TRIGGER WARNING: Gun Violence
On February 13, 2023, a mass shooting occurred in two buildings on the Michigan State University (MSU) campus in East Lansing. Three students were killed, and five others were injured. The gunman, 43-year-old Anthony Dwayne McRae, died of a self-inflicted gunshot wound when police confronted him off campus.
The attack at the large university located in East Lansing, Michigan, was the 67th mass shooting in 2023, according to gun violence data, and came just hours before the fifth anniversary of the mass shooting at Marjory Stoneman Douglas High School in Florida.
These horrible situations also affect Vietnamese international students, who come to America hoping to pave a path for a better future. Van Anh, an International Business student at Michigan State University, witnessed it all, and she knows she will never recover from it.
This is Van Anh’s story, as told to Thien Cuc.
February 13 seemed like another typical day at school. The Marketing Association team and I celebrated Valentine’s Day with some cake and a fun life talk in the College of Business building.
When I was about to leave, my roommate texted that she heard gunfire. A few minutes later, I received an email blast from the school about an active shooting on campus. All students were told to stay as far as possible from the school premises or stay hidden where we were. If there were no other way, we would have to fight.
I felt my body tremble, negative thoughts racing inside my mind. I was scared — probably the most scared I’ve ever been in my life.
My friends and I tried to lock the classroom door. But alas, the lock didn’t work. We had to use all tables to block the only entry and exit way we got. There were seven international students with me — all of us couldn’t fully comprehend what was going on. While hiding in the room, I received a lot of messages from my classmates asking, “Where are you?”, “Were you able to escape?”, or if I was in a safe place.
We could hear the police notifying us of the gunman’s location through a megaphone. I felt both terrified and numb when I heard he was near my building. Will he find us? Will he shoot us? Is this how my life was meant to end? What will happen to my parents back in Vietnam?
Oh, my parents. I was constantly texting them even when I couldn’t feel my fingertips. I told them I was hiding with other groups of international students and that I was somehow safe.
After four long, horrifying hours, the police came and led us out of the university. I immediately broke down into tears when I was brought back to the dorm. Those were tears of relief, of trauma, and of pain. What I’ve been seeing on the news about America finally happened to me. Was coming here the right decision?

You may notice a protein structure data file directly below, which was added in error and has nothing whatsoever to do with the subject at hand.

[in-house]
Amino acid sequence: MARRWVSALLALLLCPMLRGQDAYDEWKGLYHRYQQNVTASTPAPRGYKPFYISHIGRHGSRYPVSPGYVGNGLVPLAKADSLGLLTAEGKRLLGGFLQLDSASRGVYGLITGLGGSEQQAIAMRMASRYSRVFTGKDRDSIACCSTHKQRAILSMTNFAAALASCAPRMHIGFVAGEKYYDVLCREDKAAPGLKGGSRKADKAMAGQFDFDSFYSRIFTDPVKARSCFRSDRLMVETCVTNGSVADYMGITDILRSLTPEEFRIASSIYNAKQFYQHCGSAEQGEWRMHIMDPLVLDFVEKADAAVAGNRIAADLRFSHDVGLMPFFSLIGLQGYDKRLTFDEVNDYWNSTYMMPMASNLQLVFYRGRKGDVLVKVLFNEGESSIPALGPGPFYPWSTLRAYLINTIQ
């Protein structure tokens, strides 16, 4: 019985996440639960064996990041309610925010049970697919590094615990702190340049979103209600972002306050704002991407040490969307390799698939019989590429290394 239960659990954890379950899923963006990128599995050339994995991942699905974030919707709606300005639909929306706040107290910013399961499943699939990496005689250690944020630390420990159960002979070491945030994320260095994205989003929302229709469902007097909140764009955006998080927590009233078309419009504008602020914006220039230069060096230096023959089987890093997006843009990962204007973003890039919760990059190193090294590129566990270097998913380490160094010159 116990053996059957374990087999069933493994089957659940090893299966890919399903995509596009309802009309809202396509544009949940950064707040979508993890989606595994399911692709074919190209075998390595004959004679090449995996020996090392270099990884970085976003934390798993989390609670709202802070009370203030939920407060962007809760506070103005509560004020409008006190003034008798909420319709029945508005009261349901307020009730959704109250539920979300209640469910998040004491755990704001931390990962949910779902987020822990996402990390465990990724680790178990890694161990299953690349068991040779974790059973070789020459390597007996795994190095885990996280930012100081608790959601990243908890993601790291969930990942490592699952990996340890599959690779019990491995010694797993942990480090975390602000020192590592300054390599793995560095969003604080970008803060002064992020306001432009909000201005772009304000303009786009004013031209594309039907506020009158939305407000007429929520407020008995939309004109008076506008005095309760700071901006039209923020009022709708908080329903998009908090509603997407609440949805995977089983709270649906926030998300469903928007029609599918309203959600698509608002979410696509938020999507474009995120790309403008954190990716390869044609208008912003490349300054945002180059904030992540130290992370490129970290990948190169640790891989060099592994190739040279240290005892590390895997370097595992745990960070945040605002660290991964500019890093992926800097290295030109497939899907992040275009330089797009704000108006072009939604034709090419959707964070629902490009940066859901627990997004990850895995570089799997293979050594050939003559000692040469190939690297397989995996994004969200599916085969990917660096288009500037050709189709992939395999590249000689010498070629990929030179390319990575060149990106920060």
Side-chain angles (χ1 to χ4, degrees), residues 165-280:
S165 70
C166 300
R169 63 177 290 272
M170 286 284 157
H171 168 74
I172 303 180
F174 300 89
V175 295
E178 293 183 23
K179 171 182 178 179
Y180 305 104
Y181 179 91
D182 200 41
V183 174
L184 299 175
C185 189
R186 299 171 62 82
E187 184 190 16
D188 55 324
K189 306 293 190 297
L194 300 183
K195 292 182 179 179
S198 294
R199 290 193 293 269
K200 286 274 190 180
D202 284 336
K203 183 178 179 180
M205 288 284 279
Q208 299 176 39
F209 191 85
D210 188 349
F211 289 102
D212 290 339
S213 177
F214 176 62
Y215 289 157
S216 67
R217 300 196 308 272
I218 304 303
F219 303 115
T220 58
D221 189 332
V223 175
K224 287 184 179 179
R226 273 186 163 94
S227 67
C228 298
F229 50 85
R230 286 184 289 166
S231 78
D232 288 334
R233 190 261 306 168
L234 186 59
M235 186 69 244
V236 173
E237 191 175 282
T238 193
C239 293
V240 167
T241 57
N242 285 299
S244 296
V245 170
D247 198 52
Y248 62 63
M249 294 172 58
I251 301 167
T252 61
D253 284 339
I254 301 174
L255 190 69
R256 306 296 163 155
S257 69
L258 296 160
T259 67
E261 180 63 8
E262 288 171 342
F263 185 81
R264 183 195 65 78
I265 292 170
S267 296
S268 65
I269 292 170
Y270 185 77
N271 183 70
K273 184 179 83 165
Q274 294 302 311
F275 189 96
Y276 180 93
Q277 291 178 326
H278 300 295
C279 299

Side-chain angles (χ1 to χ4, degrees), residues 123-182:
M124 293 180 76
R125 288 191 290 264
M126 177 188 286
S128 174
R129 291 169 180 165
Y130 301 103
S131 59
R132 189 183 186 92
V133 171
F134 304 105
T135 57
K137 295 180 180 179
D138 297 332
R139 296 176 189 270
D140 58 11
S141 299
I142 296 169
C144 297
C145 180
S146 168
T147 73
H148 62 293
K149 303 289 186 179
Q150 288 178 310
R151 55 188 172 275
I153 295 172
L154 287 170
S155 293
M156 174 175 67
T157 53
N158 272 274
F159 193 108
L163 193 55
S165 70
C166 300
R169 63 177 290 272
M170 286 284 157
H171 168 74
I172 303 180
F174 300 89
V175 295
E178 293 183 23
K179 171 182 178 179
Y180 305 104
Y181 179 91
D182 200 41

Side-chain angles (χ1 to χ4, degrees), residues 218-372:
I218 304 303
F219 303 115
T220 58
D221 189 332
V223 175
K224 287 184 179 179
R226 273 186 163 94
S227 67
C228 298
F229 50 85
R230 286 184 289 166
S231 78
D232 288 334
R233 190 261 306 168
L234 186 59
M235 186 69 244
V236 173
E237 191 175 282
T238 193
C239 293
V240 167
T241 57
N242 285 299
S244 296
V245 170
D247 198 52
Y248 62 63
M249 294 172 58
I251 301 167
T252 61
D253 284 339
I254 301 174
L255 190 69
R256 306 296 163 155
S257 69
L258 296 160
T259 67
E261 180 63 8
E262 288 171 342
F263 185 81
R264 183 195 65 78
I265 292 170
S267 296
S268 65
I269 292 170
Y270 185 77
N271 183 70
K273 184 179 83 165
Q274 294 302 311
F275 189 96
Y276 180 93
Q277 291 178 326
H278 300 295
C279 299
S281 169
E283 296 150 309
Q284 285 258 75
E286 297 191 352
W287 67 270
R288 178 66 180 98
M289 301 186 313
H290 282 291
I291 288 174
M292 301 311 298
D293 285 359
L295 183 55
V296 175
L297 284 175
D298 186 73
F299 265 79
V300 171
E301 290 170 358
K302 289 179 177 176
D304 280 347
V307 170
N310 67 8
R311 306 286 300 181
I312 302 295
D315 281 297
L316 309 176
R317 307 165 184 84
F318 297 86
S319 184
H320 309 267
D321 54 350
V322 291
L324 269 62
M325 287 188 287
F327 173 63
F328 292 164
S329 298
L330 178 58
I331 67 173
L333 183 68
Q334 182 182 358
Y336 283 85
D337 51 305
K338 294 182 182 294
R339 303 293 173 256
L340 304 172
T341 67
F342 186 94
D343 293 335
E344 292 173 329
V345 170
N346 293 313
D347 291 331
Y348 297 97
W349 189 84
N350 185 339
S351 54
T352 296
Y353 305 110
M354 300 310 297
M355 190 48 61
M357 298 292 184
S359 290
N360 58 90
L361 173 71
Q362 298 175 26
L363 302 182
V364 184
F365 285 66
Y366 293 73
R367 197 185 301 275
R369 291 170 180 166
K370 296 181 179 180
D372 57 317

I thought about the students who died and got injured — I thought about the bright future they were working so hard for. They deserve to live and pursue their dreams.
I asked, “What if it was me? What if I got shot?” Thinking about what could have happened to me brought me to tears. It still does.
Then, I also thought about the life of international students like me. We have sacrificed a lot just to get here, only to be confronted with dangers that could cost us our lives. Honestly, I thought about going back to Vietnam immediately after that. But I had dreams I badly want to achieve, I couldn’t give them up.
Days after that terrifying day, I saw hundreds of flowers and candles offered by students and East Lansing residents. I saw people crying, praying, and holding up “Enough is enough” signages. School officials gave us notes of encouragement; many teachers told us they’d welcome us with open arms should we want to talk.
Even when I was still processing everything, I went back to my daily routine at school. The atmosphere was depressing, but I saw everyone trying to act normal. It was a heartbreaking sight — what was once a vibrant campus filled with talented, passionate, and happy students has now been tainted with a history we’ll never move on from.
Understanding the hard time that many MSU students were suffering, I created a small design of a collection of all the encouraging messages that I have received from classmates and friends. These words comforted me in that dark moment, and I hope that by sharing these with others, they, too, would feel comforted.
Life in the US is very difficult for international students like me. Besides gun violence, there are threats that we face on a daily basis, including racism and mistreatment. These may not be fatal in most ways, but these leave us emotionally and psychologically scarred.
I’ve experienced people looking down on me because I’m Asian and I’m a girl. I couldn’t join school club activities or participate freely in some projects because of who I am. There have been days when I suffered worse.
However, despite many challenges, I know that I have to keep fighting for my goals here. The obstacles may seem endless and inconquerable — and sometimes, unfortunately, fatal, I want to believe that there are good days, too. And that better days are coming.
I plan to finish my Master’s Degree in the US while gaining as much experience as possible before coming back to Vietnam. As I’m studying International Business now, I want to work in different countries after graduating and become a knowledgeable, well-traveled individual.
But while I have set my sights on these big goals, I know the future remains uncertain. None of us ever predicted that a man would come to the university with a gun. I want to extend sympathy to everyone at Michigan State University and to all victims of mass shootings. You are not alone. Let us keep fighting for our dreams and hopes. Let us not be crippled by fear.
May we all heal from this painful experience.